Priscilla Erickson's Lab

The Erickson lab studies how evolutionary changes in the genome produce biodiversity and influence adaptation to new environments. We currently work with an invasive species of fruit fly (The African Fig Fly, Zaprionus indianus) as a model to study how invasive species adapt to new environments. Z. indianus arrived in Florida in 2005 and rapidly spread northward. However, it currently cannot survive our winters in Virginia, so the population recolonizes from more southern locales each year and then persists for 5-10 generations in Virginia. This natural history allows us to study repeated natural experiments of the same species invading the same environment, year after year. We regularly sample two local orchards to monitor the presence of this species over time. We are using next generation sequencing and bioinformatics to study changes in the genome as Z. indianus adapts to new habitats each year. We can use these data to test whether evolution is predictable from year to year and to identify genes genome that are important for adaptation. We also rear flies collected from different orchards and different points in the invasion to see how they vary in traits such as morphology, stress tolerance, and longevity that may affect their survival in natural environments. Differences between populations may suggest local adaptation to different environments.

We are also interested in the evolution of novel traits and are using Z. indianus as a model due to its unique external patterning. Unlike other fruit flies, Z. indianus have striking white and black “racing stripes” along their thorax. We are currently developing CRISRP-Cas9 genome editing tools to study the functions of genes that may be involved in the development of stripes, with the long term goal of understanding how and why these stripes evolved.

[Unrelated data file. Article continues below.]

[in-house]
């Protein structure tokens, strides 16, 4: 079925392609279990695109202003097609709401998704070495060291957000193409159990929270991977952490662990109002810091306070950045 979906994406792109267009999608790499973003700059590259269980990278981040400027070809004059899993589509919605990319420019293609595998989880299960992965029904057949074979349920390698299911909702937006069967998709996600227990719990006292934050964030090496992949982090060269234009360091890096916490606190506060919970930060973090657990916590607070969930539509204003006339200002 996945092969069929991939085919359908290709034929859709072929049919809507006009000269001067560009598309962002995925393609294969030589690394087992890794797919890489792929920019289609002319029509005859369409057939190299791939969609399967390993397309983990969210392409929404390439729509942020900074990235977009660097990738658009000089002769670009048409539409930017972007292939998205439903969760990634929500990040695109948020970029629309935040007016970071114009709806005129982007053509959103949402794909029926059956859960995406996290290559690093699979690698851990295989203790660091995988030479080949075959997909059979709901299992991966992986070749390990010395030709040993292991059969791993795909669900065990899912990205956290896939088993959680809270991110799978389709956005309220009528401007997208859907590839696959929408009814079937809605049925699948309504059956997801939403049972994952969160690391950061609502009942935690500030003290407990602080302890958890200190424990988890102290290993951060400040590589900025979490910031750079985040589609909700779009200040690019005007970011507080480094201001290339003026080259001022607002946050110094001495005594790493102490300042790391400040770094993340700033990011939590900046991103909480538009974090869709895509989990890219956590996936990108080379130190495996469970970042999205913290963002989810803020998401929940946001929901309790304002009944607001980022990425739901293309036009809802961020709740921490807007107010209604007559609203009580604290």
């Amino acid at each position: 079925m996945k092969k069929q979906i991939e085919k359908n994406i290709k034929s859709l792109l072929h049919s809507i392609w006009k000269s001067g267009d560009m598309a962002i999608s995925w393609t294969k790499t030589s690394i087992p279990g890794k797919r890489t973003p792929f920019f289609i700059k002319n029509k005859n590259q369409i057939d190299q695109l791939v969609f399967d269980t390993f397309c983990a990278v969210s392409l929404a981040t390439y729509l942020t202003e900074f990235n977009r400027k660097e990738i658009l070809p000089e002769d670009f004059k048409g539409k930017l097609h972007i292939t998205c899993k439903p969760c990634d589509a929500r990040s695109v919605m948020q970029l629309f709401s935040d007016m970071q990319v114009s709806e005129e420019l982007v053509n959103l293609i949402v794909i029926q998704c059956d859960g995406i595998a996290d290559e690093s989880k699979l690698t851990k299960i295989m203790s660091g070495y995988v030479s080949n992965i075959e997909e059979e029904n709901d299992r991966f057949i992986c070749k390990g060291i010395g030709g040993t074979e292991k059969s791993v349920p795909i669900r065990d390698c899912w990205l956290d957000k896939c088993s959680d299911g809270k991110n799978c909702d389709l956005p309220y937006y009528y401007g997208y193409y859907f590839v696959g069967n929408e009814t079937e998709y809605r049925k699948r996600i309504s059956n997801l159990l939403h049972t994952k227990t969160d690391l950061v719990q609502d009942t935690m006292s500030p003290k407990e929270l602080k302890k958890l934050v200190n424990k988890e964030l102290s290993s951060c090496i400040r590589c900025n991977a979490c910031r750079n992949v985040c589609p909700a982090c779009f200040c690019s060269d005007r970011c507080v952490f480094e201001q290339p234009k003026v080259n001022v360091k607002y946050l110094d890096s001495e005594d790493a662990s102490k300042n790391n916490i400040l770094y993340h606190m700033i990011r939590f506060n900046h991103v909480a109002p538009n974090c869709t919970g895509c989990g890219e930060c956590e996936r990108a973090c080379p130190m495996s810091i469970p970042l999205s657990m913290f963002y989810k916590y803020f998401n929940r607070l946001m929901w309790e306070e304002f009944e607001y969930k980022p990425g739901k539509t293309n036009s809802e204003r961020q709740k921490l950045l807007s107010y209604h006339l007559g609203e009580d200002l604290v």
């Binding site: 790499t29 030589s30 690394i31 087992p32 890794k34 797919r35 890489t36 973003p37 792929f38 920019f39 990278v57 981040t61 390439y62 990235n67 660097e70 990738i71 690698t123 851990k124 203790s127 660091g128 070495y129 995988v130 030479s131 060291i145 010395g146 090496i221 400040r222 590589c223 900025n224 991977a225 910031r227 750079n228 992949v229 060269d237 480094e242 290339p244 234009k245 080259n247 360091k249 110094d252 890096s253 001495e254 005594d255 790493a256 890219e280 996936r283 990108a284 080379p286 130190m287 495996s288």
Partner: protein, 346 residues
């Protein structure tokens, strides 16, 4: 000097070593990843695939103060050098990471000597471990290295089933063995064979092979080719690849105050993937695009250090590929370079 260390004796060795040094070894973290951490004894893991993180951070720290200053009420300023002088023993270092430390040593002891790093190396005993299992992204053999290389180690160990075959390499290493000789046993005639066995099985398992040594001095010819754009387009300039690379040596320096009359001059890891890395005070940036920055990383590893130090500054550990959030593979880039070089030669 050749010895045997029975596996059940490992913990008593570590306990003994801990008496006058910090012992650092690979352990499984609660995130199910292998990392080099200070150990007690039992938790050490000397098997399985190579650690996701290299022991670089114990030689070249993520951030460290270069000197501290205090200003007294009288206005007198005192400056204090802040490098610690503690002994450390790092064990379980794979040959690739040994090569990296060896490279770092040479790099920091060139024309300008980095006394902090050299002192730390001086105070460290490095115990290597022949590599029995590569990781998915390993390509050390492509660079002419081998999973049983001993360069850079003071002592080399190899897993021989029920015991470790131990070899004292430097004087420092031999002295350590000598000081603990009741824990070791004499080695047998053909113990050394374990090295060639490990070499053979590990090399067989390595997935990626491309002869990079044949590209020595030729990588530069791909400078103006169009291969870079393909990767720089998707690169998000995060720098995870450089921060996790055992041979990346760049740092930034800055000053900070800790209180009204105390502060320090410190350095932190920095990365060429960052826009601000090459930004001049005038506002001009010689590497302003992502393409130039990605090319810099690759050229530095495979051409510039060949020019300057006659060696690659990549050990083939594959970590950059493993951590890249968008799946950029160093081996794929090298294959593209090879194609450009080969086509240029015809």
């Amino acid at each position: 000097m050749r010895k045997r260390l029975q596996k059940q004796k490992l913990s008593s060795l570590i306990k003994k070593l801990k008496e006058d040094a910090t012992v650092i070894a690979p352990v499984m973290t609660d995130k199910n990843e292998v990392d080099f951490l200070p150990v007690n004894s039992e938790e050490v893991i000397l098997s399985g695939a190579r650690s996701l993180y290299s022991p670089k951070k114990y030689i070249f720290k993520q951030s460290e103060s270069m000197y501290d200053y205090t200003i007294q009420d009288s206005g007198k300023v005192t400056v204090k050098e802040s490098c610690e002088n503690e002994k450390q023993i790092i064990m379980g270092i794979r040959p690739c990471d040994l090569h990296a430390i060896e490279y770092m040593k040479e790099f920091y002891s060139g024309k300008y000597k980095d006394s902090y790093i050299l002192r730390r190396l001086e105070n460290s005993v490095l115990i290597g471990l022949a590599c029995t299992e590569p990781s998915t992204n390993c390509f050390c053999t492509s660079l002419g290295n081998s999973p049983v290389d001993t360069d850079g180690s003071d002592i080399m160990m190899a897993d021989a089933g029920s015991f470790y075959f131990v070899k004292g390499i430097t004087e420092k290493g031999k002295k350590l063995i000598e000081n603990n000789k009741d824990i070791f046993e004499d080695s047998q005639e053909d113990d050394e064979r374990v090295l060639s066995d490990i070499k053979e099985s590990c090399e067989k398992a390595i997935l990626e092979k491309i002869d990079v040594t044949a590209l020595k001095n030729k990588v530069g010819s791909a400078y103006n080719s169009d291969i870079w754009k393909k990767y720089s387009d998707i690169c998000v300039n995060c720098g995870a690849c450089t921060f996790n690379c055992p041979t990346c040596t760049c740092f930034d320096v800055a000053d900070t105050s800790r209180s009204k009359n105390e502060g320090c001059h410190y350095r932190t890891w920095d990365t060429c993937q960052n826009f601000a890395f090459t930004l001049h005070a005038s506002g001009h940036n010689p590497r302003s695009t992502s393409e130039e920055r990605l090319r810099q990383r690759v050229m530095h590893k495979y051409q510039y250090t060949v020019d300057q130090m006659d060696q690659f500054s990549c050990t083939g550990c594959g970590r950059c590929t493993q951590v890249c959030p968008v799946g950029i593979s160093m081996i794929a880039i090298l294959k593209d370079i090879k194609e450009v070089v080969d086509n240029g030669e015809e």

Current Projects

  • Illumina sequencing of locally collected flies
  • Population genetic analysis of North American fly populations
  • Physiological assays of stress tolerance across North American populations
  • Characterizing life history traits (fecundity, development time, longevity) of North American fly populations
  • Testing for changes in morphology (body size, wing size, wing shape) in invasive populations
  • CRISPR-Cas9 of candidate genes involved in stripe development

Current University of Richmond Research Students

  • Christine Cole ‘24
  • Liam Dugan ‘23
  • Ansleigh Gunter ‘24
  • Jerry He ‘25
  • Sam Morgan ‘23
  • Jillian Yates ‘24

University of Richmond Graduates (Partial List)

  • Anush Margaryan ‘25